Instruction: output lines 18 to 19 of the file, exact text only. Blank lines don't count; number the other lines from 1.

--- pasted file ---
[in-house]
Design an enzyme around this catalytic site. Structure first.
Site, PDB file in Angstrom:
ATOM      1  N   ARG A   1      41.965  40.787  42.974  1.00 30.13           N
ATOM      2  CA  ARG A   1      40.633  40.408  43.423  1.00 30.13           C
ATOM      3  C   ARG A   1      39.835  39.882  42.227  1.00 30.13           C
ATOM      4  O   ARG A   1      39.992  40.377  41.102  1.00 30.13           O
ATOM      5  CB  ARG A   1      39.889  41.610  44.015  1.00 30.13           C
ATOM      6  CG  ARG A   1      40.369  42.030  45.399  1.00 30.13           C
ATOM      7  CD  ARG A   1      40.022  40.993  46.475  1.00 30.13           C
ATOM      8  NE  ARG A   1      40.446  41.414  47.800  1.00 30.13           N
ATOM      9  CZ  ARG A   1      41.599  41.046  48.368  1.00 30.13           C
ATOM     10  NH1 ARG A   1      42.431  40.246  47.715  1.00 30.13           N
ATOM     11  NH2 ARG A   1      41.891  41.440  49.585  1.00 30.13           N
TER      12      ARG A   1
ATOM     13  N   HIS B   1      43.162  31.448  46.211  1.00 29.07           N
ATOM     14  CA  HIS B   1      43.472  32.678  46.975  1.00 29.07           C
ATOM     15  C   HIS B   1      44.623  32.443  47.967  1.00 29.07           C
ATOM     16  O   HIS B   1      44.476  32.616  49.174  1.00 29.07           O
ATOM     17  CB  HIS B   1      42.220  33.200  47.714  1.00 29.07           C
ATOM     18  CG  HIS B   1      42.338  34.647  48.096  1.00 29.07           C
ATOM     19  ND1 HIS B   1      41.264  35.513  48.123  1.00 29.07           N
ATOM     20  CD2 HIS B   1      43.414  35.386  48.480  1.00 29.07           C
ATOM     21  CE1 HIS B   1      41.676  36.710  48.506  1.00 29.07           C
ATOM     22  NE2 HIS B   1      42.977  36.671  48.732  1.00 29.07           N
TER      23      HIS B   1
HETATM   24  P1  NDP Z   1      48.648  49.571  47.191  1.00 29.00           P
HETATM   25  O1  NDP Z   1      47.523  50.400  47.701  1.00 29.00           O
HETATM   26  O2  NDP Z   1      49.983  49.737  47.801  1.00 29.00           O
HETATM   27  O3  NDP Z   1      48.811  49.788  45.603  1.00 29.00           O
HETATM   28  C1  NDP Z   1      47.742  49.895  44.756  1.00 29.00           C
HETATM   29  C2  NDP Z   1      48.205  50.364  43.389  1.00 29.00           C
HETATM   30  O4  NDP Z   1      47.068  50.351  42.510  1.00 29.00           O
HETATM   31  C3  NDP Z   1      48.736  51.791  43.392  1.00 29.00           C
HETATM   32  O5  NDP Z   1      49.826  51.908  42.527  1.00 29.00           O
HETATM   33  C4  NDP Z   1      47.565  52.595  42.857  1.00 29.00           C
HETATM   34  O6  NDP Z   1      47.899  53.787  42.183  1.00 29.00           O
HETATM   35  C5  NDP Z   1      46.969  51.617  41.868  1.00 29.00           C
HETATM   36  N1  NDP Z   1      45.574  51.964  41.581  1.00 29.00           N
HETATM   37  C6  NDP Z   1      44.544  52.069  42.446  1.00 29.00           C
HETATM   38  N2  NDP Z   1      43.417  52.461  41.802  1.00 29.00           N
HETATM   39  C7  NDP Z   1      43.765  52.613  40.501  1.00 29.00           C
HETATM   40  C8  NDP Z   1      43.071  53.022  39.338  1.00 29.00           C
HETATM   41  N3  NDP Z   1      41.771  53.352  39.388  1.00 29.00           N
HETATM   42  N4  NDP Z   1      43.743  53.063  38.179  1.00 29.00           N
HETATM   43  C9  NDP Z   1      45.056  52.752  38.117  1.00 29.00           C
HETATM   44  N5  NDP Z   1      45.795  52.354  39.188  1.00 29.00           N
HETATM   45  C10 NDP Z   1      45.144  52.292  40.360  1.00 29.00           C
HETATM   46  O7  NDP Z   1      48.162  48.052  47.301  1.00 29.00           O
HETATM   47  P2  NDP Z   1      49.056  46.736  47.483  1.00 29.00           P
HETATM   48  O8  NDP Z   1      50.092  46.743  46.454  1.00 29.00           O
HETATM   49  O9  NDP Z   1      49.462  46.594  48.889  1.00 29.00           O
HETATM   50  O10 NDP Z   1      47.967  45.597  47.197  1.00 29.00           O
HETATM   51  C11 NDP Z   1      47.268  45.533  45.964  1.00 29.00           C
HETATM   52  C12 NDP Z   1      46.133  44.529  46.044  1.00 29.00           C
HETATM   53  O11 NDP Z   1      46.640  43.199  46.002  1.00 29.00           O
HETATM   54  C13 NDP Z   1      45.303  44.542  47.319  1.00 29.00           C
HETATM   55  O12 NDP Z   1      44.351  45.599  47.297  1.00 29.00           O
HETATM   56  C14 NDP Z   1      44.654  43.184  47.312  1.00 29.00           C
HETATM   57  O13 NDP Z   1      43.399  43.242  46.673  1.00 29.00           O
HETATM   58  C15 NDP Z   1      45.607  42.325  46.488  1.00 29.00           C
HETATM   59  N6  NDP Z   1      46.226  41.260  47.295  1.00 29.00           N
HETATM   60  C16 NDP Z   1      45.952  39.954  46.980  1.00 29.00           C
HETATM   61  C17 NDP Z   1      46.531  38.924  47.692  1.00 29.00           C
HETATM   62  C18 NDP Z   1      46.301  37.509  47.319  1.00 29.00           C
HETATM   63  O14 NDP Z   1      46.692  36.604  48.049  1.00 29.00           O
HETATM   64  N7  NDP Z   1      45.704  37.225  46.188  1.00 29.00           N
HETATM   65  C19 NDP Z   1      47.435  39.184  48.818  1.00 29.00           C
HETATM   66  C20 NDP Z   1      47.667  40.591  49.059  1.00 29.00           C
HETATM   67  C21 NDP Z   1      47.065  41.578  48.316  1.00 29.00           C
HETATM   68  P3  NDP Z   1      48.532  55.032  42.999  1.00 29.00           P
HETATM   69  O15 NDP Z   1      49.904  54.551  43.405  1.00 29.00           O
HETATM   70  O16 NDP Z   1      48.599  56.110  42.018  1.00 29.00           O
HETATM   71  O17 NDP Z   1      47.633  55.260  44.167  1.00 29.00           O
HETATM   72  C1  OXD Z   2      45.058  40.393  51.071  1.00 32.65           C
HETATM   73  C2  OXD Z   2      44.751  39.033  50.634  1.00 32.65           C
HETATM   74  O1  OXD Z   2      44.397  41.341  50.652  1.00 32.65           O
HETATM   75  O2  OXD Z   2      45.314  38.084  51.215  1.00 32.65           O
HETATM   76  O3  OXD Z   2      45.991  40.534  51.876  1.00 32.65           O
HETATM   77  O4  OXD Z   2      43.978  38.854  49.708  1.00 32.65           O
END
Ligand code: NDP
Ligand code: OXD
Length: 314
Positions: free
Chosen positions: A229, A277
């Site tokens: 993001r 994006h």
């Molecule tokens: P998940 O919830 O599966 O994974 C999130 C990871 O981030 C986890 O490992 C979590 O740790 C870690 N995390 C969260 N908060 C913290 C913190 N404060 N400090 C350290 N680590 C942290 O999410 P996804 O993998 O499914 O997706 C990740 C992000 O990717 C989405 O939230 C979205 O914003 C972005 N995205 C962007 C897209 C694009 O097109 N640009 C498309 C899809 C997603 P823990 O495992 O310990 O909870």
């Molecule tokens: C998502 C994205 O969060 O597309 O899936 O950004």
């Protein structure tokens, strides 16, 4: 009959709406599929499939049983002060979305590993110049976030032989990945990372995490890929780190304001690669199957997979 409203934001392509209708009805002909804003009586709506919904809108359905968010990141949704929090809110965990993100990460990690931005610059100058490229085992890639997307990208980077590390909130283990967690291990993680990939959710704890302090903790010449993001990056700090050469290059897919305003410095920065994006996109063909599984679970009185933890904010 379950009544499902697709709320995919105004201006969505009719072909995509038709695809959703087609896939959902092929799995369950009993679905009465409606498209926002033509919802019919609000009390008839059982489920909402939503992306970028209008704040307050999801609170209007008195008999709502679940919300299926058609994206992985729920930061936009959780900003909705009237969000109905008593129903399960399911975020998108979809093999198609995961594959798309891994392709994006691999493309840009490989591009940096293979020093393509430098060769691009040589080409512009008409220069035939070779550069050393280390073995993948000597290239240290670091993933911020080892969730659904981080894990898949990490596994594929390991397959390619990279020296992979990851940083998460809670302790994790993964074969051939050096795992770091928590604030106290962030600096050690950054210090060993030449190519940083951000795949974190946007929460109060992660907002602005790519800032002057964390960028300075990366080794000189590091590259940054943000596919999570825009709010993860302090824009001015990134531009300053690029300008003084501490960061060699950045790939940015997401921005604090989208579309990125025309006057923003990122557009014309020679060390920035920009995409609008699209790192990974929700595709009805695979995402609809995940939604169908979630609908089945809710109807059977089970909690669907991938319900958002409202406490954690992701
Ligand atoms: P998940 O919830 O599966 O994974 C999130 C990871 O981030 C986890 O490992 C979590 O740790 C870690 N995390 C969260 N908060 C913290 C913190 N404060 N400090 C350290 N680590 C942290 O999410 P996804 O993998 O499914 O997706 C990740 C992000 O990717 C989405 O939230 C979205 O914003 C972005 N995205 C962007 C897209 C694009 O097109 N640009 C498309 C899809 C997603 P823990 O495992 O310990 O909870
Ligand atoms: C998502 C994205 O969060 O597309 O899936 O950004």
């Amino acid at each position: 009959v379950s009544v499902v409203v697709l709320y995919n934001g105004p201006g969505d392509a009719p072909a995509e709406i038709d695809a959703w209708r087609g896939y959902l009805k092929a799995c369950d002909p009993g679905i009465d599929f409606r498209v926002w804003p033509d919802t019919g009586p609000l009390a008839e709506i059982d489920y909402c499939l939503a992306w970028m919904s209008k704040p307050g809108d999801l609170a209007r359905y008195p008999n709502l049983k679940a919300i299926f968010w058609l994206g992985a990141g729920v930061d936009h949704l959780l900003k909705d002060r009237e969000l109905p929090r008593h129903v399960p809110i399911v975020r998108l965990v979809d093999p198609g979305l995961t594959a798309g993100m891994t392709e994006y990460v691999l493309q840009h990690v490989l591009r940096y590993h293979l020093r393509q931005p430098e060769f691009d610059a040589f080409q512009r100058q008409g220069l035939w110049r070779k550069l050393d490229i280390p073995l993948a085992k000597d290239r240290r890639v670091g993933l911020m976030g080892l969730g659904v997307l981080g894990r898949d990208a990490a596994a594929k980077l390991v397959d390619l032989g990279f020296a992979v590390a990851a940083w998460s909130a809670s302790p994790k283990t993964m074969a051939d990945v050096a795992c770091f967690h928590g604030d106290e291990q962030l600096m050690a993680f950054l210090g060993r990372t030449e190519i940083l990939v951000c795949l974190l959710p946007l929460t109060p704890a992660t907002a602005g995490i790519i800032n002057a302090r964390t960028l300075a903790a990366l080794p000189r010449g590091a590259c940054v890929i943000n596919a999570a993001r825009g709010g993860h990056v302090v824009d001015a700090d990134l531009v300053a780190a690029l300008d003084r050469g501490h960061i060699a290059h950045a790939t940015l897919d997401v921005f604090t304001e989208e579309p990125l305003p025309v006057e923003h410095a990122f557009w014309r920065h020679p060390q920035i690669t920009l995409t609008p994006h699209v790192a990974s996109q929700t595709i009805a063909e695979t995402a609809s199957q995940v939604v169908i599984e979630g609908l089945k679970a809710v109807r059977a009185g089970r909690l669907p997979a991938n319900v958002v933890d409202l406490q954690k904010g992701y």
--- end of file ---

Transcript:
ATOM     15  C   HIS B   1      44.623  32.443  47.967  1.00 29.07           C
ATOM     16  O   HIS B   1      44.476  32.616  49.174  1.00 29.07           O